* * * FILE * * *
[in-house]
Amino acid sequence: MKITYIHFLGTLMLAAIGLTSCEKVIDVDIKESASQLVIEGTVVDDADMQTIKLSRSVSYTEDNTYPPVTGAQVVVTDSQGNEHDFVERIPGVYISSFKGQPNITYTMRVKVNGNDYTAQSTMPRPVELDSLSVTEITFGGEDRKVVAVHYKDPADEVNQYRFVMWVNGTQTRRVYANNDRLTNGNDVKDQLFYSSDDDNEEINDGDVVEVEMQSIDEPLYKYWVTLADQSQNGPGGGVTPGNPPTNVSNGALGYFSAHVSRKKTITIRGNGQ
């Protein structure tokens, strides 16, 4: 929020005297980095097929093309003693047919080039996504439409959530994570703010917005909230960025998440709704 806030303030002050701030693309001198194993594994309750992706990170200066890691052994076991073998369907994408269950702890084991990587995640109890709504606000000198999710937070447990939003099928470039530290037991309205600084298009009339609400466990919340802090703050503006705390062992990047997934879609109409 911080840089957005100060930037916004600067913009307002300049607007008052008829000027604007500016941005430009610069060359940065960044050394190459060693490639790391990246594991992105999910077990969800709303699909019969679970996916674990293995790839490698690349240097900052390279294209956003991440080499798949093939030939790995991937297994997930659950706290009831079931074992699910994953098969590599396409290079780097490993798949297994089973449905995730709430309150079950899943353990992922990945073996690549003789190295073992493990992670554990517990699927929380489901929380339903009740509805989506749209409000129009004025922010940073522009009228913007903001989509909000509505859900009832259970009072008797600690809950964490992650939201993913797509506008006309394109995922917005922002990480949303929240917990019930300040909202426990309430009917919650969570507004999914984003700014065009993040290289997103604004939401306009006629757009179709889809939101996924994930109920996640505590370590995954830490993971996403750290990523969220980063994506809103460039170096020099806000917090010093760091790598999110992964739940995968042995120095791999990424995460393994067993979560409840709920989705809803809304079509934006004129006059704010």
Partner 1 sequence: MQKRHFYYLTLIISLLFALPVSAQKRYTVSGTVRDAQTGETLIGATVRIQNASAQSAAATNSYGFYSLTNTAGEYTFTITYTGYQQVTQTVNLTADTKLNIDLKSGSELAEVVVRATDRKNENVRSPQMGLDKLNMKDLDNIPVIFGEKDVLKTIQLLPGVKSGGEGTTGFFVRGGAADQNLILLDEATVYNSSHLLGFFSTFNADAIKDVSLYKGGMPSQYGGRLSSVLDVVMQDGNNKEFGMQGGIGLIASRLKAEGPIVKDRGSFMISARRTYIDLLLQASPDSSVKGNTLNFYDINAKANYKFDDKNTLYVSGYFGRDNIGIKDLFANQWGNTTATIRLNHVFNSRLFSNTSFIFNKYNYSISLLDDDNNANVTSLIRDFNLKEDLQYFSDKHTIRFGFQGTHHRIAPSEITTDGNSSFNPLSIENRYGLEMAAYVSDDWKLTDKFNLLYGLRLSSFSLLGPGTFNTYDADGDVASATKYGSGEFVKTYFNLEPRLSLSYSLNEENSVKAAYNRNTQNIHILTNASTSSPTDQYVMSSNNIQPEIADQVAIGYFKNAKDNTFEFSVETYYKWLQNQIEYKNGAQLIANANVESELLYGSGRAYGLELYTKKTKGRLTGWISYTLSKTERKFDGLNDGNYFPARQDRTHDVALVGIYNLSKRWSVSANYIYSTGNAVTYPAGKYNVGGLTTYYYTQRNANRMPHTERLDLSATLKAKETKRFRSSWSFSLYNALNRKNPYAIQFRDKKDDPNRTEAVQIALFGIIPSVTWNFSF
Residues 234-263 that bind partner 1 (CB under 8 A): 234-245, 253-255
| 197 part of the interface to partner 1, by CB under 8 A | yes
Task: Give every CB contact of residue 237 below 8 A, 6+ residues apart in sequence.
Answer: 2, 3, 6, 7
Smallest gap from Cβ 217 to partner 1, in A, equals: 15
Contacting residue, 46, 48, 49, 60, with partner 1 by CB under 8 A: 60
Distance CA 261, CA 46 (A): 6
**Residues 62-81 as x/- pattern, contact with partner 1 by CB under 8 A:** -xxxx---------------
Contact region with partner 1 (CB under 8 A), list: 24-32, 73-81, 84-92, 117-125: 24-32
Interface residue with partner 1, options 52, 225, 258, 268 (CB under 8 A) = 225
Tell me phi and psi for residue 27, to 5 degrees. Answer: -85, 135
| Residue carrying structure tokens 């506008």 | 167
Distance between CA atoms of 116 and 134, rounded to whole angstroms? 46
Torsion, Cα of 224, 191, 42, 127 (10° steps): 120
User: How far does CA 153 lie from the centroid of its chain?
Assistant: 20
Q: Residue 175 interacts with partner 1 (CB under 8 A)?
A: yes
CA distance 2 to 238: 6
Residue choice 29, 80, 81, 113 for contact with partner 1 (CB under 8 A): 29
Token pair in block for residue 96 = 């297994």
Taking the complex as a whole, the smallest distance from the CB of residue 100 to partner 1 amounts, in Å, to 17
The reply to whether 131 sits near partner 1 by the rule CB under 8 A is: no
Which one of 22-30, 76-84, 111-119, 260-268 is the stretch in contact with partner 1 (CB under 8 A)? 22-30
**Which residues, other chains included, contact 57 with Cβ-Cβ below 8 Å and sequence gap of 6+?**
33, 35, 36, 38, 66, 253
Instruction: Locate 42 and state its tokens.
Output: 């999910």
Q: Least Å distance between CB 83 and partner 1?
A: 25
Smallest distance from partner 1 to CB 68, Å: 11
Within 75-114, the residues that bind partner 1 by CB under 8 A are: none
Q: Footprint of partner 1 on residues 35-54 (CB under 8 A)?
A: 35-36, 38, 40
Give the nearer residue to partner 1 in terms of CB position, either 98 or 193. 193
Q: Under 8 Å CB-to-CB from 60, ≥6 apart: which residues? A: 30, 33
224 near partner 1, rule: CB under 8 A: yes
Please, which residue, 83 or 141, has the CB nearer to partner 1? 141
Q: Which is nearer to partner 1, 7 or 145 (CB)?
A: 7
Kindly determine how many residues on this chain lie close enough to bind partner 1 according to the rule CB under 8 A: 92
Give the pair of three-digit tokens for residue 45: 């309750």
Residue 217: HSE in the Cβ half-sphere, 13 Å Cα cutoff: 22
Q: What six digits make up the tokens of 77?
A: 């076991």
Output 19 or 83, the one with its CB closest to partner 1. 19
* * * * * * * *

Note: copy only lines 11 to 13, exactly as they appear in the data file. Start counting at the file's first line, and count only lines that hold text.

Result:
Distance CA 261, CA 46 (A): 6
**Residues 62-81 as x/- pattern, contact with partner 1 by CB under 8 A:** -xxxx---------------
Contact region with partner 1 (CB under 8 A), list: 24-32, 73-81, 84-92, 117-125: 24-32